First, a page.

Brian Fenton takes Tyrone’s close attention as a compliment

Raheny man and four-time All Ireland winner still unbeaten in championship football

Bruised but unbowed: Dublin’s Brian Fenton at the final whistle. Photograph: Tommy Dickson/Inpho

Bruised but unbowed: Dublin’s Brian Fenton at the final whistle. Photograph: Tommy Dickson/Inpho

 

If you can keep your head while all about you are trying to get inside it. If you can wait, not be tired by waiting, don’t give way to hating. And if you can talk with crowds and keep your virtue ... then your name must be Brian Fenton.

Only with Fenton it’s not so much the if, but the when. He wasn’t the only Dublin player who stood up in the face of the unkind – from the throw-in, as it turns out – but he was the sheer embodiment of it, forcing heart and nerve and sinew to serve their turn long after they were gone, with two neat souvenirs to prove it. Not just his two points from play.

And at 25, a fourth successive All-Ireland and still incomprehensibly unbeaten in a senior championship match. No wonder Fenton emerges from the Dublin dressing room about an hour after closing time, beaming, with no dressing on those two bright beaming souvenirs, directly above and below his right eye.

These are the battle marks of a player sent to war in midfield. Tyrone sent a player directly on to him for the clear and present purpose of putting him off his game: Conor Meyler, a late replacement for full forward Richard Donnelly, straight away went in on Fenton – or rather into his face and ear and everything else within reach of it.

And everything failed. Fenton won’t be tested on his virtue in the aftermath but it was clear Meyler tested it during the game, on and off the ball and everywhere else in between. And when Dublin’s heads were needed, Fenton was always there, turning the kick-outs irrepressibly in their favour, 29 of 31 won by the end, directly influencing those around him.

“I think that [black eye] was from the throw-in,” Fenton says with a smile. “I remember after the throw-in just feeling it. So yeah, it was physical all right. But to be fair, I did have a man in my face for most of the game, talking the talk, but look, you have to take that. It’s a compliment I suppose from Tyrone, that Mickey Harte would put a player looking after you, man-marking you, but you’re well used to that at this stage. It’s just so special to come out with the win.”

Contender

The Raheny man came in at the start of the 2015 All-Ireland with no great reputation, other than having been a champion underage swimmer. He finished that season with a man-of-the-match performance in the final.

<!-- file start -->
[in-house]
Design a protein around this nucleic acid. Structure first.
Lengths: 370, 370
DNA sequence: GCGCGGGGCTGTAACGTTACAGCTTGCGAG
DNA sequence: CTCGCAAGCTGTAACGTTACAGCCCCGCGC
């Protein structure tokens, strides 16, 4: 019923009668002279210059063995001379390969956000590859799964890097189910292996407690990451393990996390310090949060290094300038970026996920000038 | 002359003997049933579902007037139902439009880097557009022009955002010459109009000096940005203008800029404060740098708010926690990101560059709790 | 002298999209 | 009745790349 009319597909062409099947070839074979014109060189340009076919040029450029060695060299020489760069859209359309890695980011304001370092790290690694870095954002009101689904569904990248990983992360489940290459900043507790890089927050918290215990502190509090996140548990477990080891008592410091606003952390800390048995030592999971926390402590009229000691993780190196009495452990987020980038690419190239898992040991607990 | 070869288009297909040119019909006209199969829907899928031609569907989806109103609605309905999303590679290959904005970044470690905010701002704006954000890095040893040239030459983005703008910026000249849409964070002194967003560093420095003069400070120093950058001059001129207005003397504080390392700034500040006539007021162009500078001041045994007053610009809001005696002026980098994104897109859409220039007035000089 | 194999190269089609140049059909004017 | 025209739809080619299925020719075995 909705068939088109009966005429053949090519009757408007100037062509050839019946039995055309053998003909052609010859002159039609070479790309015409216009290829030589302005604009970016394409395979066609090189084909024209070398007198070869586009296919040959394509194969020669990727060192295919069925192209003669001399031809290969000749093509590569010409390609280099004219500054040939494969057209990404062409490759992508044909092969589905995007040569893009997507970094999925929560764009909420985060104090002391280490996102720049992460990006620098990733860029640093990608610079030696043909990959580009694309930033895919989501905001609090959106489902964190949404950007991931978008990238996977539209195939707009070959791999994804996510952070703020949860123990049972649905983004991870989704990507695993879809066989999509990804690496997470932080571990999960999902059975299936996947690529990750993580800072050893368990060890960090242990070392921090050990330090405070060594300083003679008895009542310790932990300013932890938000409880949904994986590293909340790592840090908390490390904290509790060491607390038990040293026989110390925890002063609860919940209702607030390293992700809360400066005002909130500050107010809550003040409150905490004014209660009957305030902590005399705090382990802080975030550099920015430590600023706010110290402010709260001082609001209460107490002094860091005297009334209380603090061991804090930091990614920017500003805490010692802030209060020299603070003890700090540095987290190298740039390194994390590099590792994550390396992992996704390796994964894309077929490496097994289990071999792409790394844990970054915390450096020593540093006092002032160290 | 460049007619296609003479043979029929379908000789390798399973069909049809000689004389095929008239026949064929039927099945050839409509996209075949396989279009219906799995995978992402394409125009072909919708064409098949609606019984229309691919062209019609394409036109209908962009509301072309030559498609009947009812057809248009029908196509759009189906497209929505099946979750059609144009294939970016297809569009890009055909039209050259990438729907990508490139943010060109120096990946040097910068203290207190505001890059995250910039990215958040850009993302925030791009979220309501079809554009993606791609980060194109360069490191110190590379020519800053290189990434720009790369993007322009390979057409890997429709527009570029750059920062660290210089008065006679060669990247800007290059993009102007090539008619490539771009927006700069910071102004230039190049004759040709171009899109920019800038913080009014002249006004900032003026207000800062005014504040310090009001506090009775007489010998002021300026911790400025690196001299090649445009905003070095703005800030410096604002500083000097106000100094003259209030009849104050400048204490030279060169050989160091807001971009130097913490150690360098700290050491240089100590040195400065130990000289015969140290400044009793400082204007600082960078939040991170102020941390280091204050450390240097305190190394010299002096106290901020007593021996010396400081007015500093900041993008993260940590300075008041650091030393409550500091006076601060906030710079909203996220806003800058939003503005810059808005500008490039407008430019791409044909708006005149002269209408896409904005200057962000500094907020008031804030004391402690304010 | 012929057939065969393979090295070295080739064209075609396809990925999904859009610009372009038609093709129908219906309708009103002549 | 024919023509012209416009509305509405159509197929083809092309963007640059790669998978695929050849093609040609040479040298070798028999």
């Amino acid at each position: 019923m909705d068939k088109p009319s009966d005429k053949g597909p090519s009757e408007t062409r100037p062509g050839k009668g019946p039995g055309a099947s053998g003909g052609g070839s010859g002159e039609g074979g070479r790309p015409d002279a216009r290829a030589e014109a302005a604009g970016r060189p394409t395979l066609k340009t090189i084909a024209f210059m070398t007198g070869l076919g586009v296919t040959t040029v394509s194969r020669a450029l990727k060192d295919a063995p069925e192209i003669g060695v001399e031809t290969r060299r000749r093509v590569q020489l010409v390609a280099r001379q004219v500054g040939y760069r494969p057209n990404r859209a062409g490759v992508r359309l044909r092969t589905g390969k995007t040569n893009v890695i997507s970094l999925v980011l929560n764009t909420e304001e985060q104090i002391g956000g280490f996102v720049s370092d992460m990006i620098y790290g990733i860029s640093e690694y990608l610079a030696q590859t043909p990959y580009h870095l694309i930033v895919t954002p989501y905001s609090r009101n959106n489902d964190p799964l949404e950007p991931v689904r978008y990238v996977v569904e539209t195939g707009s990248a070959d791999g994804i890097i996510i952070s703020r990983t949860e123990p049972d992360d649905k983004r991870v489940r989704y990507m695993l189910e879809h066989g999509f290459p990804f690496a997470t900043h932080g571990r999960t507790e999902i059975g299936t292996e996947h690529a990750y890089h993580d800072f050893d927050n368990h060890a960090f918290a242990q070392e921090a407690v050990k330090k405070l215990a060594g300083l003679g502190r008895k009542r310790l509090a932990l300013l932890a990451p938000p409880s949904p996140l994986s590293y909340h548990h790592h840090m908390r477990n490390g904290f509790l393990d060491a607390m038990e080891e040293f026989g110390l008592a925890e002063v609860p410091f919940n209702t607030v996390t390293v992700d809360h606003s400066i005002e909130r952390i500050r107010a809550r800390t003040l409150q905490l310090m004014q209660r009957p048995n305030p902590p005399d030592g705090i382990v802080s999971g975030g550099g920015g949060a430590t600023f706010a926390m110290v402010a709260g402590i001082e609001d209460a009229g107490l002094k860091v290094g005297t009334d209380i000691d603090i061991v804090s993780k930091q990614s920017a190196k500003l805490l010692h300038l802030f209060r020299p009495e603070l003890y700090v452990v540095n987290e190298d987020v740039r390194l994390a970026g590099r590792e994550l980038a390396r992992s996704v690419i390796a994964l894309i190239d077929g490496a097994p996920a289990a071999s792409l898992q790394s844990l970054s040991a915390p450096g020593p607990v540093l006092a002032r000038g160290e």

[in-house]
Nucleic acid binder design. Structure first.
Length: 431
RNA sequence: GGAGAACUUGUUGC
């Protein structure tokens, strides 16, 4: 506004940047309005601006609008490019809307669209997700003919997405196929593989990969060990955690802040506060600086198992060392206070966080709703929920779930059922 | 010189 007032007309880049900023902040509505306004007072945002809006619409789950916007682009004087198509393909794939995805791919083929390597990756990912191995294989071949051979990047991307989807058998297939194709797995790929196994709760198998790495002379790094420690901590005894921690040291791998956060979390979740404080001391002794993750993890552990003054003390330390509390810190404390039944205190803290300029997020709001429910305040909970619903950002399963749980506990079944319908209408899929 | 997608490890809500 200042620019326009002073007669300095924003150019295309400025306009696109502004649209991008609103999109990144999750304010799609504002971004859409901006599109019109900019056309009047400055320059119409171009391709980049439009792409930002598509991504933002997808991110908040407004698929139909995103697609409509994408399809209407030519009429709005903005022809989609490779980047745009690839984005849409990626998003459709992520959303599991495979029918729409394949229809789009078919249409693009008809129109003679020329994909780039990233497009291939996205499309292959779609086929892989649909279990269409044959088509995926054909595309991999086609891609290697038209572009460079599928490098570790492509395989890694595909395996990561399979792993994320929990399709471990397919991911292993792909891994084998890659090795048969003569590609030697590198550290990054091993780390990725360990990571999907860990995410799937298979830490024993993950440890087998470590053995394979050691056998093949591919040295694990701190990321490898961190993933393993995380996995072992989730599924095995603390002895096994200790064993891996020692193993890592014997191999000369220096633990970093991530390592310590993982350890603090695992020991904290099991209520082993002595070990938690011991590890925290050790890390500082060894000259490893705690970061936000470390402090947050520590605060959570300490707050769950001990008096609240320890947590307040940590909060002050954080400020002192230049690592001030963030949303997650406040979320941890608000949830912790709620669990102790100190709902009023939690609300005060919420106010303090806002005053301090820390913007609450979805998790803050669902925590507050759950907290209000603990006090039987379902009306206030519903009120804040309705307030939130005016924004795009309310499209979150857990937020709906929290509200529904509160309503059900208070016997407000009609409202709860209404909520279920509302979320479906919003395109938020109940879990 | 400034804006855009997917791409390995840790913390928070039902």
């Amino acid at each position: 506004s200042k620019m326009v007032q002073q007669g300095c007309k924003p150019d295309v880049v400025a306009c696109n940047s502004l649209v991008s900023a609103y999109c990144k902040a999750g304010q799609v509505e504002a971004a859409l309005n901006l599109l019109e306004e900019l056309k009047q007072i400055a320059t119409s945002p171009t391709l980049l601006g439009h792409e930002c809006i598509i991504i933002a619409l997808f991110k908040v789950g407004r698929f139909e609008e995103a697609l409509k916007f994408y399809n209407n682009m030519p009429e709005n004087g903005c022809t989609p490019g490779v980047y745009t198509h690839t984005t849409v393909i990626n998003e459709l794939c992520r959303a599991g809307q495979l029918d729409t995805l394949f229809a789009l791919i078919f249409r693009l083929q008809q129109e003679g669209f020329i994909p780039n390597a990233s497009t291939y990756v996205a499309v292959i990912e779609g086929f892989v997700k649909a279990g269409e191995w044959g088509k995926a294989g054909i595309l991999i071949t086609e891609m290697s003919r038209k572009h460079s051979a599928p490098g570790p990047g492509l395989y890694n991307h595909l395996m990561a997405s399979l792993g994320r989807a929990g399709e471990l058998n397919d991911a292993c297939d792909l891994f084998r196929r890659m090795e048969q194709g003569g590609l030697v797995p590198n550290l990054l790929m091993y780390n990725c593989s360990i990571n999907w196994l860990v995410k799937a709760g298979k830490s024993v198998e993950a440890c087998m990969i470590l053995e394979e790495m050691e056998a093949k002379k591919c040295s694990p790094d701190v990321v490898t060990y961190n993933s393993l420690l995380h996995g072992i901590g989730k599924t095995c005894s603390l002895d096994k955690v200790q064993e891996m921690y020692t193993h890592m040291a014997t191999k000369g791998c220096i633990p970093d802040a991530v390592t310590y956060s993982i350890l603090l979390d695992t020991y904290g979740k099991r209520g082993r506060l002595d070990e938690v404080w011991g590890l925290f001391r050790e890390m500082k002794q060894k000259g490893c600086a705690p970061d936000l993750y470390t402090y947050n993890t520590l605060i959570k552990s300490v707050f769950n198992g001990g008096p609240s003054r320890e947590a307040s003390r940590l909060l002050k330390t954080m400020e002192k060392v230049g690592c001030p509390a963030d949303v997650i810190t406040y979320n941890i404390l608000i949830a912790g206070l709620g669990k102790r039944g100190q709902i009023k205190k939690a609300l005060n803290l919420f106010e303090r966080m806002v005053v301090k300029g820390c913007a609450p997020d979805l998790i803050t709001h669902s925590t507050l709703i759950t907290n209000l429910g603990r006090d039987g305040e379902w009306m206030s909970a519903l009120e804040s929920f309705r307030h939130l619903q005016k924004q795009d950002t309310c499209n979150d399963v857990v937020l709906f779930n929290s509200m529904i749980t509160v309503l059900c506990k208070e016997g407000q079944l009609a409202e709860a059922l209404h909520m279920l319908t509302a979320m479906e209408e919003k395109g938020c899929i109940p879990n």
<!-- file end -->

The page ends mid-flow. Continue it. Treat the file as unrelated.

In truth Fenton was a contender for that honour here, too, even as the likes of Paul Mannion, Ciarán Kilkenny and Jack McCaffrey showed their virtues as well, but something about the way he kept putting the motion back into his poetry sets him apart. Unruffled, undaunted, unbreakable.

“I was just saying to the lads, it’s those first couple of seconds and minutes, straight after the game, when you see your family and your friends, and you get to share all that with the players, is something so unique, and so special, and just incredible. And just feels amazing. To play for Dublin, in this era, is such a privilege, and to be healthy and young and playing in Croke Park, it’s a dream come true.”

Mannion’s penalty, lethally converted, lifted Dublin’s game but never did their heads drop.

“Yeah, and we really did need that,” says Fenton, “because Tyrone started with such an intensity. We definitely needed that penalty to bring us back in it. But look, we all know it’s a 70, 80 minute game at this stage, and we knew we had time, and the lads to come in off the bench, and everything else in favour. So we didn’t worry, we didn’t panic. Obviously it wasn’t the ideal start but thankfully we came through.”

And all while keeping their heads.

“Our guys don’t blink,” noted Jim Gavin, “which is a great characteristic to have.”

Even when tested off the ball?

“It’s an All-Ireland final, there’s a lot on the line, so players are pushing each other really hard. It is a physical contact sport, it is what it is ... We go after the skills of the game, we have worked hard at that in the last number of years and we probably got due reward.

“In the opening 10 or 15 minutes, we were a little bit wayward. The Tyrone boys put them under pressure, but the mental resolve in that Dublin team is just a pleasure to witness. The collective ethos they have, they see the prize serving the county not the self. It is team, team, team ... and I think they have demonstrated that again today.”

Another unbeaten

Fenton’s Raheny clubmate Brian Howard is likewise unbeaten in the championship, collecting his second All-Ireland. Not something either of them could ever have envisaged.

“It is, yeah, unbelievable, but not something I particularly think about either. I’m just one of 15 on the pitch, one of 26 on the match day, and that’s not just saying that. I have some part to play, but there is a lot more going on than just me. As I said, to play in this era, with these players, under Jim Gavin, is so special, and I’m so lucky to be a part of it.”

Only now, inevitably, comes the talk of Fenton continuing this unbeaten championship run with Dublin in 2019, for a fifth successive All-Ireland, and crossing that precipice of history.

“It is, it is, but my dad is a Kerry man, and keeps reminding me of the heartbreak of 1982, and the Offaly last minute goal. But look, four in a row wasn’t talked about at the end of last year, so we’ll just enjoy this. I’m sure Jim Gavin will have a plan to go again in December, January, but we’ll enjoy this for a while, then hopefully come back as strong next year.”

Not if, but when.

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